When we eventually got to the bottom - with my heart in my mouth - we got to the water stop and had the brakes replaced. This delayed us by 25 minutes - plus the earlier repairs cost us about 40 minutes - but gave us the chance to take on lots of water and fuel. Sven and I also decided to take extra water with us. The day was getting very hot and we didn't want to risk running out.

Next up was an 8km sandy climb. For those of you who haven't experienced the sensation (or rather frustration) of cycling on deep, soft, fine sand, let me tell you, it's no mean feat. Your wheels dig in and it's impossible to get any traction. Due to sand, and the gradients we faced, a good proportion of today's stage was completed pushing the bikes and walking. Even the fiercest of the mountain biker pros had to walk - or run - some of it. It's all part of the event.

After a brief break at water point two it was onwards and upwards with seven kilometres of climbing, a brief rutted descent and then a singletrack that tested even the best mountain biker's skills. The afternoon was hot. There were lots of tired bodies on the course, lots of walking and a lot of traffic (fellow mountain bikers, not motorised) slowing things down further. Having lost ground due to my earlier mechanical, we were riding - and walking - with a slower group. Even when you feel you can go faster, you're restricted by the traffic ahead on the singletrack. It's part of the Cape Epic and the atmosphere was good. Everyone was feeling just as fed up about the sand but the humour reigned supreme.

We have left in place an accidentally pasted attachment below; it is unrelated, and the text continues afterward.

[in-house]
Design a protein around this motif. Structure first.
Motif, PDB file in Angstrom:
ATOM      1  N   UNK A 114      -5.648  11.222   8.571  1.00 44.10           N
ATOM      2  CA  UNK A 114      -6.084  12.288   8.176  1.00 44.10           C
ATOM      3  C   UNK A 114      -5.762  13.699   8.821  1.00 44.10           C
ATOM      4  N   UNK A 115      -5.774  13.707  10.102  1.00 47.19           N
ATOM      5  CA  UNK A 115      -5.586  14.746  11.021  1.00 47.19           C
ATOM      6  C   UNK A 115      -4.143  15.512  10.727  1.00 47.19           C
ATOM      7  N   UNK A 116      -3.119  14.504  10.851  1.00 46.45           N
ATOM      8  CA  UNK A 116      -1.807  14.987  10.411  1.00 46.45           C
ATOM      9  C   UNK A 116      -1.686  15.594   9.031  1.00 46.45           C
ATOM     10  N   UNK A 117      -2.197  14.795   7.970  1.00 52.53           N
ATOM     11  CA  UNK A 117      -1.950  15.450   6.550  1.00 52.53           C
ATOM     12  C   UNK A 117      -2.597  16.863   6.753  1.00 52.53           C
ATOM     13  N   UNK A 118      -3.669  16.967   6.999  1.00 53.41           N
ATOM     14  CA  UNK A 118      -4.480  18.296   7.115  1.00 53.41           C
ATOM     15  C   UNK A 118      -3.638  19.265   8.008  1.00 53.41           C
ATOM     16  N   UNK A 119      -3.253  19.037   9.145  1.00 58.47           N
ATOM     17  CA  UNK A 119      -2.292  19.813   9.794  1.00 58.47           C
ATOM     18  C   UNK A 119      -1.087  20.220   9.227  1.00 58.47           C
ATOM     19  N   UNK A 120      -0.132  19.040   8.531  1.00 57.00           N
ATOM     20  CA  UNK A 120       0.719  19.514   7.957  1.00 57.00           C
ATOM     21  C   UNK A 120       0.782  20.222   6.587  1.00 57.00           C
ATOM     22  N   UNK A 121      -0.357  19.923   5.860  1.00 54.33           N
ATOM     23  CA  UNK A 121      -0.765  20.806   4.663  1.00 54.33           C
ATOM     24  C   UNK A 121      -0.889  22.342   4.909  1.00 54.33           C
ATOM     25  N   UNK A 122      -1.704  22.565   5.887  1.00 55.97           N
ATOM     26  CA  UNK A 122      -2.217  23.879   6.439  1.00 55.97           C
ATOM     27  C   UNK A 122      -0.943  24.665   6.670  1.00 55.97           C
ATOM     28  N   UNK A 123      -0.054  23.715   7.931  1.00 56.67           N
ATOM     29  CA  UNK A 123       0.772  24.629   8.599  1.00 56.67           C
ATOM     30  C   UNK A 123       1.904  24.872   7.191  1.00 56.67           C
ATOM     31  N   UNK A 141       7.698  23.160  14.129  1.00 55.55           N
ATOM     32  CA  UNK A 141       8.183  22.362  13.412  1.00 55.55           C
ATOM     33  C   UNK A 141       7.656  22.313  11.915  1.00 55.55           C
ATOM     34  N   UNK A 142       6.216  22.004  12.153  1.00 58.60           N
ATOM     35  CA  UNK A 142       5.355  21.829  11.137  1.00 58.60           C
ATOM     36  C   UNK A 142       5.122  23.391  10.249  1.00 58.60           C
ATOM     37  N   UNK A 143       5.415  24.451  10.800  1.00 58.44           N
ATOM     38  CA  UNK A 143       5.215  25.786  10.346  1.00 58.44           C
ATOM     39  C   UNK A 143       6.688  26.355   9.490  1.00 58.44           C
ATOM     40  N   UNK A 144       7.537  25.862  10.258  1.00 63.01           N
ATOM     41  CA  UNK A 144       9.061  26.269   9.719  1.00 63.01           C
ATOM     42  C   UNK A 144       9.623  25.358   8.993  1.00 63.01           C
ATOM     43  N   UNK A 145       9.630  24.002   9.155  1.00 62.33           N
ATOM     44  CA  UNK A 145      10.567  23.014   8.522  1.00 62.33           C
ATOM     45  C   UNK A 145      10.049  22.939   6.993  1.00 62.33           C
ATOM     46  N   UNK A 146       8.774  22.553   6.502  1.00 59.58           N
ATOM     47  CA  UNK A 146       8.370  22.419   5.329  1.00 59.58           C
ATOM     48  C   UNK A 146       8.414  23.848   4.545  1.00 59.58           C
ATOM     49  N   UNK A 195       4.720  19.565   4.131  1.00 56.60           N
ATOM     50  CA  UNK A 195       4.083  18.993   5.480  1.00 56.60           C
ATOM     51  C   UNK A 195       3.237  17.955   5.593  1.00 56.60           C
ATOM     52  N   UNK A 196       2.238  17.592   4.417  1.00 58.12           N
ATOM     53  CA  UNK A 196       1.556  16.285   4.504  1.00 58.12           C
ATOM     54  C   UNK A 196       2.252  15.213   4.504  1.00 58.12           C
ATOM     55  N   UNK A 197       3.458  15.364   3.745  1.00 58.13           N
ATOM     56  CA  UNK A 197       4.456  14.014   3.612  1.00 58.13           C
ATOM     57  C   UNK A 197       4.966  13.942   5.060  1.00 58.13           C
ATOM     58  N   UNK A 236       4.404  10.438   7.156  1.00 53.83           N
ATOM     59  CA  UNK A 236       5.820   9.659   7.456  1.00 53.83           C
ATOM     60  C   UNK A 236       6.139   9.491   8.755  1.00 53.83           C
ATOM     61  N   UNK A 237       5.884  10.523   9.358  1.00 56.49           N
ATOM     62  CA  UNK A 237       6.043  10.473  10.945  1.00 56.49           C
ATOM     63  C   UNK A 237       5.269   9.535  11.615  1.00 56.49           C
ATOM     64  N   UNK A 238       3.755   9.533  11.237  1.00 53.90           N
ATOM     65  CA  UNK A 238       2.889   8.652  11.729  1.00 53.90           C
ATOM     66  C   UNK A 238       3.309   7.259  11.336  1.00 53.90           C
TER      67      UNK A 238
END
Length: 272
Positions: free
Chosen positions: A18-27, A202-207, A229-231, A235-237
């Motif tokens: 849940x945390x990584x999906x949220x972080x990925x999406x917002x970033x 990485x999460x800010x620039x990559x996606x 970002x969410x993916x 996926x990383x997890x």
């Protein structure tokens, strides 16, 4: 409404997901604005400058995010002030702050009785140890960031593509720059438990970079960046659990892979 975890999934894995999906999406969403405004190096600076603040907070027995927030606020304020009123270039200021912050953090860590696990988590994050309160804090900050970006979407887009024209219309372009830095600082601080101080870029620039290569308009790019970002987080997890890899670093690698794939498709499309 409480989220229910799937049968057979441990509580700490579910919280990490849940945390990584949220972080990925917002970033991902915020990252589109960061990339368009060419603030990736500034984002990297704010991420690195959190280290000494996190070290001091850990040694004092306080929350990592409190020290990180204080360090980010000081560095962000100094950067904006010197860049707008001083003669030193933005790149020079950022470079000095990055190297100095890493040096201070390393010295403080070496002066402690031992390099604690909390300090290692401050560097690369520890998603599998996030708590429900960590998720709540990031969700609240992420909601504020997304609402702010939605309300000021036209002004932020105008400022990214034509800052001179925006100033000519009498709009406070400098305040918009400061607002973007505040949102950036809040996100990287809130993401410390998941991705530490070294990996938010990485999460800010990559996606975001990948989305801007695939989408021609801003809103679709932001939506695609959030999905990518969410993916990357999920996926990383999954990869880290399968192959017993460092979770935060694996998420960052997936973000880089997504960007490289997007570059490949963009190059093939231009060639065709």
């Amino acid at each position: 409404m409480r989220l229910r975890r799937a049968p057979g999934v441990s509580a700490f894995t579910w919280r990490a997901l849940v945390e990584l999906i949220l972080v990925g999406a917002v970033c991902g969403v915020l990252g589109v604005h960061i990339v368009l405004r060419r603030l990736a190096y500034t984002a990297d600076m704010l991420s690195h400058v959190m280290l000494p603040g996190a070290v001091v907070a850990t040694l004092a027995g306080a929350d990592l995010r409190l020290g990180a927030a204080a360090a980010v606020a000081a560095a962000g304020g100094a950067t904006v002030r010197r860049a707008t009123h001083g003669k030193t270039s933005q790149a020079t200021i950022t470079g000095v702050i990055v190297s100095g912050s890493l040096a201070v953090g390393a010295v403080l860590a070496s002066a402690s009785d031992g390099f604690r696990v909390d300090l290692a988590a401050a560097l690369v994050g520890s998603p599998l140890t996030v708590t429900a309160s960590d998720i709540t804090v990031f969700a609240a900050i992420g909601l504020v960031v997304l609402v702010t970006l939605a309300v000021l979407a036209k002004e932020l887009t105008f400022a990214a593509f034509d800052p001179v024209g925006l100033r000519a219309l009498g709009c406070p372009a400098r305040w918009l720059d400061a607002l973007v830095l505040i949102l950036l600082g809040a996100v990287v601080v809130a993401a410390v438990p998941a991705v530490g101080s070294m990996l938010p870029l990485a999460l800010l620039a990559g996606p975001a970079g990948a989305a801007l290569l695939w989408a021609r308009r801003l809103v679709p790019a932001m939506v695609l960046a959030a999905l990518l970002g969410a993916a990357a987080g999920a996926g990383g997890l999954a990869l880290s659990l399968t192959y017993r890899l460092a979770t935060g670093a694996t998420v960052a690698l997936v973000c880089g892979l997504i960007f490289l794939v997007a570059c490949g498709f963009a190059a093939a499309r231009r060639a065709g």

Once through the third water point, we wound our way across the farmlands in Olifants River Valley. This was undulating and although it was relief from the more extreme sections of the day, it didn't offer much respite. Then we faced the final challenge of the day: A 10km sandy ascent up the mountain. By this point we'd really had enough of the sand; never wanting to see another grain again! Sven and I stayed together to avoid any penalties for not riding with each other. If your teammate is just two minutes away you receive a one hour penalty. Sven stuck to my wheel but due to the sand I ended up sliding sideways and Sven went into the back of me and over the handlebars! No injuries. Not a great situation after so many gruelling kilometres, but once we were at the top we found ourselves on a fast, fun descent back to Citrusdal. And after 8:49:12 we were over the finish line.